Finally, whilst shamelessly plugging my own work ... here are a few of the papers I have written on the subject of research methods ... who knows, you might find them useful.

D MacLean, R MacIntosh and S Grant, Mode 2 Management Research, British Journal of Management, Volume 13, Issue 3, 189 – 207, December 2002

N Beech, R MacIntosh and D MacLean, Dialogues Between Academics and Practitioners: the role of generative dialogic encounters, Organization Studies, 31(9), 1341-1367, 2010.

 P Hibbert, R MacIntosh and C Coupland, Reflexivity, Recursion and Relationality in Organisational Research Processes, Qualitative Research in Organizations and Management, Volume 5, Issue 1, 2010, 47-62.

 N Beech, P Hibbert, R MacIntosh and P McInnes, But I Thought We Were Friends ?, in S Ybema, D Yanow, H Wels and F Kamsteeg (eds), Organizational Ethnography: studying the complexities of everyday life,  SAGE: London, Chapter 10, 196-214,  2009

Wednesday, 16 February 2011

Rising Standards

Getting a PhD has always rested on the same test ... can you demonstrate that you've made a contribution (see other postings on this theme).  As time passes, and more PhDs pass into the public domain, it could be argued that this are getting tougher in that there is less by way of unexplored "white space" out there.  Two articles from the Academy of Management stable of journals provide some interesting insights on this issue.  The first is from the Academy of Management Review (AMR) which is perhaps the management field's premier theory journal.  The editors offer some examples, drawn from past editions of the journal, of how to build theory by reviewing the literature.  They describe this as "review-centric" research ... as you work toward a final version of your own literature review, I would recommend having a look at what they say.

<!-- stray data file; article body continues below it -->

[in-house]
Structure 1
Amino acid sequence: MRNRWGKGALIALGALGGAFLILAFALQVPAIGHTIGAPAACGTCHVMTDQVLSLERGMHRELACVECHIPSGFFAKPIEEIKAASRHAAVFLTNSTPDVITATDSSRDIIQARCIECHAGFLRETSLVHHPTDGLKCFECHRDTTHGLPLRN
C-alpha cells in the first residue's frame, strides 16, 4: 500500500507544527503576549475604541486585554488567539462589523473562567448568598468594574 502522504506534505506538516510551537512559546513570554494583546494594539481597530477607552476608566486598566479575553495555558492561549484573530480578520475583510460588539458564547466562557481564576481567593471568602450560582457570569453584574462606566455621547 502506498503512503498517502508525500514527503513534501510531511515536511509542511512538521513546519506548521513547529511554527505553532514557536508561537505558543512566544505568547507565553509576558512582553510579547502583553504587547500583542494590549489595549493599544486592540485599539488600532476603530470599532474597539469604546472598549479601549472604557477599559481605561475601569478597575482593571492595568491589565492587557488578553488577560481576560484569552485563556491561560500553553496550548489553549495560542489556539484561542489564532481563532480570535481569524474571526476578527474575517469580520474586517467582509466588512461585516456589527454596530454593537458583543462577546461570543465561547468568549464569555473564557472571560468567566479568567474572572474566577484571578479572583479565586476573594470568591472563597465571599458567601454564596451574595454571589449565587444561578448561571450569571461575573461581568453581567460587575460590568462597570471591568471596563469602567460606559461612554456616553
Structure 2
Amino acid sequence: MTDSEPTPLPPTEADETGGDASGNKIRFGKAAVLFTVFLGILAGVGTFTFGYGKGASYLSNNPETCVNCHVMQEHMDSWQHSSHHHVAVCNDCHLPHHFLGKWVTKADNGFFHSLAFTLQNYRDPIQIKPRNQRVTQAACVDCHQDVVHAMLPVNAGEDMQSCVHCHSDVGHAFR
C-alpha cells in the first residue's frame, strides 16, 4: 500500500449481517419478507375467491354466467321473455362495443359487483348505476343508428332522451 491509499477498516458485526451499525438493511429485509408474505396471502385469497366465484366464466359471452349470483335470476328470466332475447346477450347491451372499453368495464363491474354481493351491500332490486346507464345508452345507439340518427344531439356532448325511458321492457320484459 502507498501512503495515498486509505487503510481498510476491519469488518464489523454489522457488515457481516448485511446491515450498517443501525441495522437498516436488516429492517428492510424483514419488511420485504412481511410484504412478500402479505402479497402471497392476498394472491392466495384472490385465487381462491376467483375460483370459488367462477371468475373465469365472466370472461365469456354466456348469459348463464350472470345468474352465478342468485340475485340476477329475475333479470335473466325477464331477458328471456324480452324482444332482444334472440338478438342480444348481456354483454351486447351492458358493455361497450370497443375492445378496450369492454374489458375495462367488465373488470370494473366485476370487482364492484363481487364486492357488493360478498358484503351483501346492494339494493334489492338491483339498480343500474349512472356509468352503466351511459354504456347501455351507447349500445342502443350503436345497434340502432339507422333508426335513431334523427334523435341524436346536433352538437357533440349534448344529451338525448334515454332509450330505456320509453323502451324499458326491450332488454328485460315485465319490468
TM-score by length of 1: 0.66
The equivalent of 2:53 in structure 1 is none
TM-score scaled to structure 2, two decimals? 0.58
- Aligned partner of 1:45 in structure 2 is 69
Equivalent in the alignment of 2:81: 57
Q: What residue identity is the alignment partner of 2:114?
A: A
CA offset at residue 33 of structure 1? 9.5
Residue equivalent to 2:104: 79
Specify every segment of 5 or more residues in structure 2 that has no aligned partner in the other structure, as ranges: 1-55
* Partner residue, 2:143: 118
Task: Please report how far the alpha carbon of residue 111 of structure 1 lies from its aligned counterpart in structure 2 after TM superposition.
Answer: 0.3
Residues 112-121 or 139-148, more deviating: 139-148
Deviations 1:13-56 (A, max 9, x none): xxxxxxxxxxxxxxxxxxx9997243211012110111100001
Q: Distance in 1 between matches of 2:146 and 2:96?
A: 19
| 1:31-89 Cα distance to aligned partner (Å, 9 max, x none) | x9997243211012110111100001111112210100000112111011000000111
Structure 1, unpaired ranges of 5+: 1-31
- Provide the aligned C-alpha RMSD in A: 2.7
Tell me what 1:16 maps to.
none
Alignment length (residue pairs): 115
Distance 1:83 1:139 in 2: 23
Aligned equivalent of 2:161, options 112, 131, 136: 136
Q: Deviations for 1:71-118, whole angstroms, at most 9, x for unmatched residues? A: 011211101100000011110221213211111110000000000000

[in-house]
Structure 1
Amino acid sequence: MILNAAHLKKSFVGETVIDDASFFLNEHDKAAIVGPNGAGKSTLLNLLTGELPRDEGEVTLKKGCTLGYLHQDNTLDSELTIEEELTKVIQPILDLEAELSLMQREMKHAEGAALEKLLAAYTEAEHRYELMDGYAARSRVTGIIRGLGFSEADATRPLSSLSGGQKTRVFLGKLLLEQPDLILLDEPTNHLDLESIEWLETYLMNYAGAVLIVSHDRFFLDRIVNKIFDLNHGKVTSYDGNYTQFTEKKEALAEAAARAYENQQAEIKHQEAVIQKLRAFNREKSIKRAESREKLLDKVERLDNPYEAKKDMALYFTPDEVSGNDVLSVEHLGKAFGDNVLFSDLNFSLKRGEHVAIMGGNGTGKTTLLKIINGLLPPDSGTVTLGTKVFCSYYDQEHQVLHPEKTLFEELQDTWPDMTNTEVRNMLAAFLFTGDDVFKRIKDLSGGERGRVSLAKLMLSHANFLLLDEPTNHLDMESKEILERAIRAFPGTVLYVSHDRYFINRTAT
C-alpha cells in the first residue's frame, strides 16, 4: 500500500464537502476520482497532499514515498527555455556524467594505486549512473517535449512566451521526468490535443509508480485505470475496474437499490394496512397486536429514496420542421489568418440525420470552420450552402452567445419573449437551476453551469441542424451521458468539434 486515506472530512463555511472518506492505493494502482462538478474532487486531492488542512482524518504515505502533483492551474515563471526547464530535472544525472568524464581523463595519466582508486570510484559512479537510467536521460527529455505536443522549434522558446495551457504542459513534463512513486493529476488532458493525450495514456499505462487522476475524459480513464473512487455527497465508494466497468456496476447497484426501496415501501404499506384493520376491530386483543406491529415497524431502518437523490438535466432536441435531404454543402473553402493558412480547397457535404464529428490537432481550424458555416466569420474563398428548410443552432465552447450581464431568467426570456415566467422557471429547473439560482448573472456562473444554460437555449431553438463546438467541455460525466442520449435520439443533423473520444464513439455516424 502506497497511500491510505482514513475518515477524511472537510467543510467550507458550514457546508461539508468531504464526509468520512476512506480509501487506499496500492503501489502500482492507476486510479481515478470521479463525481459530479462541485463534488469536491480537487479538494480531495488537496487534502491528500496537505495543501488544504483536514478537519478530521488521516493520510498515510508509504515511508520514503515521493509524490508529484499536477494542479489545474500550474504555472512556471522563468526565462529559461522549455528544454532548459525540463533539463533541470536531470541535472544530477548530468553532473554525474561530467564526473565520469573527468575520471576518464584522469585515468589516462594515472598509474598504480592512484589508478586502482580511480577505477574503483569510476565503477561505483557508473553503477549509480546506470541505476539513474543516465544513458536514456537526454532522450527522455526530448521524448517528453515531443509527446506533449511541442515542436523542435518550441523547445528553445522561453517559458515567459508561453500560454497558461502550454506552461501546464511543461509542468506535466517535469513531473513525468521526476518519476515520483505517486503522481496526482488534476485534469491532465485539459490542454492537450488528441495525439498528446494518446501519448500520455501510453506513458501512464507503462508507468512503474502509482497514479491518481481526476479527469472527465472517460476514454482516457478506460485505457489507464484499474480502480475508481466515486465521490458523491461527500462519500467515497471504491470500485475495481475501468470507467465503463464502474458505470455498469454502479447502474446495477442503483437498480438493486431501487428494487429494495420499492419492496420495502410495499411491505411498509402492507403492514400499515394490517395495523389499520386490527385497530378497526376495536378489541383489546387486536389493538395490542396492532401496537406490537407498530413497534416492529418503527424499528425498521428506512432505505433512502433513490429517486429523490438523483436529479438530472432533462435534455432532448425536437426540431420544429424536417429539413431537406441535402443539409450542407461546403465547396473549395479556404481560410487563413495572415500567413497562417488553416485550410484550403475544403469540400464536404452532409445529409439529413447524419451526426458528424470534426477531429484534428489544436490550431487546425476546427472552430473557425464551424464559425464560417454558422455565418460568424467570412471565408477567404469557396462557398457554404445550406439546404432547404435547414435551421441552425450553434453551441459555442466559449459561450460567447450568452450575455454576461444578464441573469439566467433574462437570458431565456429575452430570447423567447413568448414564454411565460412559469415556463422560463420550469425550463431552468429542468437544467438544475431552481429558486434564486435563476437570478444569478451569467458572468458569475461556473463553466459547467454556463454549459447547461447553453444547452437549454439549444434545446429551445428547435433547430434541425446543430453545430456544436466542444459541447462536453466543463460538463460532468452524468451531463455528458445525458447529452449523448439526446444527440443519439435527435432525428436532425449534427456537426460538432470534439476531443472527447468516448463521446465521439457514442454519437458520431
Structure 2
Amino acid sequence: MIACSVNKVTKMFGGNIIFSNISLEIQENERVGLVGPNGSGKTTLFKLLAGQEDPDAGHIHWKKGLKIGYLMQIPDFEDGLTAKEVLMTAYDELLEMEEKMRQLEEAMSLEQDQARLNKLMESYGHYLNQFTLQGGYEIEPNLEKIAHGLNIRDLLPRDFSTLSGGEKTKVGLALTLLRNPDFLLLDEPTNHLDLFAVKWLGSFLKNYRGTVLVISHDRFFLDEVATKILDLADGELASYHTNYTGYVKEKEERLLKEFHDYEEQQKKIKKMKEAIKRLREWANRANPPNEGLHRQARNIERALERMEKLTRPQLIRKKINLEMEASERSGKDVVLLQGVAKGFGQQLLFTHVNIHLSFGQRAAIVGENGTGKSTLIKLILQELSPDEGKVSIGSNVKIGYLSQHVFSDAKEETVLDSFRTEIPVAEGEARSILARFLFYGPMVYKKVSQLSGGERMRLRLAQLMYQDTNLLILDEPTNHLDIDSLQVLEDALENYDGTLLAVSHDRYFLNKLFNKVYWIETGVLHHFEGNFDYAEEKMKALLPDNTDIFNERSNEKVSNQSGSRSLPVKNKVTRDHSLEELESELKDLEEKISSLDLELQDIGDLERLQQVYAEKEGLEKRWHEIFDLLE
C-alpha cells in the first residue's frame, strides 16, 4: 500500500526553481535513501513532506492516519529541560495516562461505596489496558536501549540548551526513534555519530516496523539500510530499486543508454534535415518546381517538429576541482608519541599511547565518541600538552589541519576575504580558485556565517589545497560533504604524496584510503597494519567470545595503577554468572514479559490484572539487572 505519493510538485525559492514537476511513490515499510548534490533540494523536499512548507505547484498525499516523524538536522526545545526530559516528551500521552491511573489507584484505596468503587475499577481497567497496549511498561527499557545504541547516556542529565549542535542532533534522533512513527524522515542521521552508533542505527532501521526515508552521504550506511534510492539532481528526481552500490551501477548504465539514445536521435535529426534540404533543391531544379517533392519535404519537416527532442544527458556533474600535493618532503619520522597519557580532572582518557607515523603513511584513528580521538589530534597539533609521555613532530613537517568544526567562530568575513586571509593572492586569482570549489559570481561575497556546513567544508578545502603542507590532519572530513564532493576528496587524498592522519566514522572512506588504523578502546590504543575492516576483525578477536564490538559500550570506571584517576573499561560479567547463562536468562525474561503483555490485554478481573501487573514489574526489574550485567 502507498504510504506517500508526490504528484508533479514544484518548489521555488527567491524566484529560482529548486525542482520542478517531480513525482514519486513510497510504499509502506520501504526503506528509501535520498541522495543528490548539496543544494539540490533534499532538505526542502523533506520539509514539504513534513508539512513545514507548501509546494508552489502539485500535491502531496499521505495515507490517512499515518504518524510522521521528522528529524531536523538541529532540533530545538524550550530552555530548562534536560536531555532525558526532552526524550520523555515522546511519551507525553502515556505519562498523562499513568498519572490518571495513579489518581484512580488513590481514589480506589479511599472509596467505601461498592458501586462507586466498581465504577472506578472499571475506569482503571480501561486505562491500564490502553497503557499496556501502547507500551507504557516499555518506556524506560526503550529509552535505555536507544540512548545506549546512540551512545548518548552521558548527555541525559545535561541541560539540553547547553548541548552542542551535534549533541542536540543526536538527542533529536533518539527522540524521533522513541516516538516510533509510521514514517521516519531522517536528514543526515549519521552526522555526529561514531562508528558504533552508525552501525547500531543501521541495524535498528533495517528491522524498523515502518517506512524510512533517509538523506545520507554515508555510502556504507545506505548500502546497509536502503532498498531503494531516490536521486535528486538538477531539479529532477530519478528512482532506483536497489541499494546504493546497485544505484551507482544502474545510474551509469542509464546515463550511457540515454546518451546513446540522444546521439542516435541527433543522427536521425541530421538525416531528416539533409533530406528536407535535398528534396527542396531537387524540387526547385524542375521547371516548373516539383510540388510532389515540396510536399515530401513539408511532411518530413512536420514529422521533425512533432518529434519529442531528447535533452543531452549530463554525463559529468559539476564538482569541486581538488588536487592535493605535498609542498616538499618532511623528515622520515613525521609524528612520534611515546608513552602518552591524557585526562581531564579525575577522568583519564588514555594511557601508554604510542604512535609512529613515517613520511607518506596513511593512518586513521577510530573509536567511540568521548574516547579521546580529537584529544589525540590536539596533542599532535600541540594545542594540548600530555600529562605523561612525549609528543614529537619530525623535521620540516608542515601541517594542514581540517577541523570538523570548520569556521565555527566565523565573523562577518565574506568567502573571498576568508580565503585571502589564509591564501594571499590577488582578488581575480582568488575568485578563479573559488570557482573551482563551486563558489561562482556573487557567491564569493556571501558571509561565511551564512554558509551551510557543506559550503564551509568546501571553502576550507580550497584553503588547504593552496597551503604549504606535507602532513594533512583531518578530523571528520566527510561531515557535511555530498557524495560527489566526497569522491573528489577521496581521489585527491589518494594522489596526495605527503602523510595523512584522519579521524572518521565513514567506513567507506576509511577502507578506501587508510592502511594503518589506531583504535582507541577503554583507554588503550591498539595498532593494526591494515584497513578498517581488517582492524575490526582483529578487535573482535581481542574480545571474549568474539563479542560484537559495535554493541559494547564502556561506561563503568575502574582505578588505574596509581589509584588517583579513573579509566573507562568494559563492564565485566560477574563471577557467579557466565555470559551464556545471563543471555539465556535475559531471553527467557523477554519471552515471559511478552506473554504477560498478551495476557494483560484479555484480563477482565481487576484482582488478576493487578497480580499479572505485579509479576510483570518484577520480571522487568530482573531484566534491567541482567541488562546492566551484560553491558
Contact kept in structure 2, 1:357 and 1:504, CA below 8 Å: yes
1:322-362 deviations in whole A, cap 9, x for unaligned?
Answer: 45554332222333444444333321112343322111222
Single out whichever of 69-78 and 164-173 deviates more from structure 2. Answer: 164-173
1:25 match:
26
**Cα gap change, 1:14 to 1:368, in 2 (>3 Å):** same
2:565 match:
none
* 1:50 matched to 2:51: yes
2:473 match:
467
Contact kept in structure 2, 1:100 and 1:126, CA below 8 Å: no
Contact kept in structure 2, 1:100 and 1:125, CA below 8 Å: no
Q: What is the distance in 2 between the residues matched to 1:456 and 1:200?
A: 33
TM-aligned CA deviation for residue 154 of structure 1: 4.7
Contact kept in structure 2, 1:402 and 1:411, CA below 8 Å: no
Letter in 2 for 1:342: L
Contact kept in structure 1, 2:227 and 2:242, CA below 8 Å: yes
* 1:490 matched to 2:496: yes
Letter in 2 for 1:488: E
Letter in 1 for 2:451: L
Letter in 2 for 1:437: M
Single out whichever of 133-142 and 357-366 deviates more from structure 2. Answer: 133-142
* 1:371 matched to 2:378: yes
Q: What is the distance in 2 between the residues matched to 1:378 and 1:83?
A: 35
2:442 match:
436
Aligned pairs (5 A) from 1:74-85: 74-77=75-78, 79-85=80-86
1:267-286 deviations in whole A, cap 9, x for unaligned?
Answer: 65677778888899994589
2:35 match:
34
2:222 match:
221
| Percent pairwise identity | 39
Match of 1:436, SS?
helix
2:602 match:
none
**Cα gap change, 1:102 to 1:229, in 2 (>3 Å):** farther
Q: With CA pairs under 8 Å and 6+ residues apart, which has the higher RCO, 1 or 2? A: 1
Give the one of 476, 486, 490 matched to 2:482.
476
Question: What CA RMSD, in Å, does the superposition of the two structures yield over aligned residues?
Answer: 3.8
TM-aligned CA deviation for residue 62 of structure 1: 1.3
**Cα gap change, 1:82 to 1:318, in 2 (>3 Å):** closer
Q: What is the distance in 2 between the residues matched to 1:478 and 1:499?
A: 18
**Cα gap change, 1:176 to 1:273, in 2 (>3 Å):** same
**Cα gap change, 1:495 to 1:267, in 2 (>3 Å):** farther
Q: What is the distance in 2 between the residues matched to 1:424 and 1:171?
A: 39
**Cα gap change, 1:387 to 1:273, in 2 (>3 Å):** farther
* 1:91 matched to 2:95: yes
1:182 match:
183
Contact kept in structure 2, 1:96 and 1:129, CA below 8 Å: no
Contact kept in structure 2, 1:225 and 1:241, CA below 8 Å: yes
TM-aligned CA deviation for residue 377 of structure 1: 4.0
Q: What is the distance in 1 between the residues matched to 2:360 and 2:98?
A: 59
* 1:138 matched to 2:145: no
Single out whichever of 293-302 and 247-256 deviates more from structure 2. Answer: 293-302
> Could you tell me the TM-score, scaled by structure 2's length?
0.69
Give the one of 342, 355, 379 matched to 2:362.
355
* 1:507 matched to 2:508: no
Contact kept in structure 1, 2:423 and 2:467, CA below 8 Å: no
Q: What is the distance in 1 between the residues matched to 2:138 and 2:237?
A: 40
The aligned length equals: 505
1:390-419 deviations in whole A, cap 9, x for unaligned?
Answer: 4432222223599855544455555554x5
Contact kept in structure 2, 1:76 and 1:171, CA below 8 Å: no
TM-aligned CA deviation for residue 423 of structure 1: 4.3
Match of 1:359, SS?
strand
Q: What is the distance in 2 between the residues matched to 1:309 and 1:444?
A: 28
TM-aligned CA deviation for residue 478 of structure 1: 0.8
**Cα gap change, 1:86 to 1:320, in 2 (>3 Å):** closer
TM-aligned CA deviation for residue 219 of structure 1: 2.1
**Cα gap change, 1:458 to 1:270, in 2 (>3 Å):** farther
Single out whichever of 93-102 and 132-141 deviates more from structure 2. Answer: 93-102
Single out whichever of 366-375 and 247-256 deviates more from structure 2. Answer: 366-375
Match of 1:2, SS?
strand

The second article comes from Academy of Management Learning and Education (AMLE) and it provides sobering evidence of increased competition in the academic world.  Journal editors, just like PhD examiners, make accept/reject decisions based on the contribution offered in a paper.  In the academic world, published papers are the building blocks from which careers and tenure are built (again see earlier posts on academic careers).  Using data from 1988-2008, the authors of this AMLE paper show that there are more more authors competing for the same publication space.  Over that time frame some journals have increased the number of issues published per year, but even controlling for the number of paper slots available in top-tier journals, the evidence is fairly compelling.  The mean time to achieve ten publications has grown from 6 years in 1988 to over 15 years by 2008.  Getting accepted in a top-tier journal is getting tougher.  Against this somewhat depressing backdrop, it is even more important to be clear about two things in the early stages of your academic career.  First, be clear about the contribution that your PhD is going to make ... this will certainly help you pass with minimum trauma.  Second, use every opportunity to learn to think like a reviewer or editor.  Most top-tier journals publish "notes from the editors" periodically and these offer a great chance to see how the editors make sense of their job.  Also, most of the big conferences feature "meet the editors" sessions and of course conferences offer the chance for you to get involved in the review process yourself as a volunteer.  Reviewing the work of others is perhaps the best way to sharpen your own arguments.

  1. Editors' Comments: developing novel theoretical insights from reviews of existing theory and research, AMR, 35(4), 2010, 506-509
  2. Trevis Certo et al (2010) Competition and Scholarly Productivity in Management: investigating changes in scholarship from 1988 to 2008, AMLE 9(4), 591-606